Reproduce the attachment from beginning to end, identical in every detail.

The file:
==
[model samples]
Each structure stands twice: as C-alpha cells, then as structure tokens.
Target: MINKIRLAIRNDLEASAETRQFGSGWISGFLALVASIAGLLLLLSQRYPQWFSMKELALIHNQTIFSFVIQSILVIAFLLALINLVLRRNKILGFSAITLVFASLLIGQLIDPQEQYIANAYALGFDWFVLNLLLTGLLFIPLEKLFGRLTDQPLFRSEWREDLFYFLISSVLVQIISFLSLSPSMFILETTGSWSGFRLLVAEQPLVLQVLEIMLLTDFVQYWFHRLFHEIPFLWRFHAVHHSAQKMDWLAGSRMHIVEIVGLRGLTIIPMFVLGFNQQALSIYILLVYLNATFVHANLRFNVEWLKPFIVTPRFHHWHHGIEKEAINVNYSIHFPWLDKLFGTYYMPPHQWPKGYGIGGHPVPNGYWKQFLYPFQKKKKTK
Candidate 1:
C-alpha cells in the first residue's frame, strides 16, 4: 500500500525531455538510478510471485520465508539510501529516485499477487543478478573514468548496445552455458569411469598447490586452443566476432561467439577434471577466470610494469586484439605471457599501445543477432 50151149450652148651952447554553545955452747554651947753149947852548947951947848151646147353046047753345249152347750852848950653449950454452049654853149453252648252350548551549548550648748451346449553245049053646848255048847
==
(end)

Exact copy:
[model samples]
Each structure stands twice: as C-alpha cells, then as structure tokens.
Target: MINKIRLAIRNDLEASAETRQFGSGWISGFLALVASIAGLLLLLSQRYPQWFSMKELALIHNQTIFSFVIQSILVIAFLLALINLVLRRNKILGFSAITLVFASLLIGQLIDPQEQYIANAYALGFDWFVLNLLLTGLLFIPLEKLFGRLTDQPLFRSEWREDLFYFLISSVLVQIISFLSLSPSMFILETTGSWSGFRLLVAEQPLVLQVLEIMLLTDFVQYWFHRLFHEIPFLWRFHAVHHSAQKMDWLAGSRMHIVEIVGLRGLTIIPMFVLGFNQQALSIYILLVYLNATFVHANLRFNVEWLKPFIVTPRFHHWHHGIEKEAINVNYSIHFPWLDKLFGTYYMPPHQWPKGYGIGGHPVPNGYWKQFLYPFQKKKKTK
Candidate 1:
C-alpha cells in the first residue's frame, strides 16, 4: 500500500525531455538510478510471485520465508539510501529516485499477487543478478573514468548496445552455458569411469598447490586452443566476432561467439577434471577466470610494469586484439605471457599501445543477432 50151149450652148651952447554553545955452747554651947753149947852548947951947848151646147353046047753345249152347750852848950653449950454452049654853149453252648252350548551549548550648748451346449553245049053646848255048847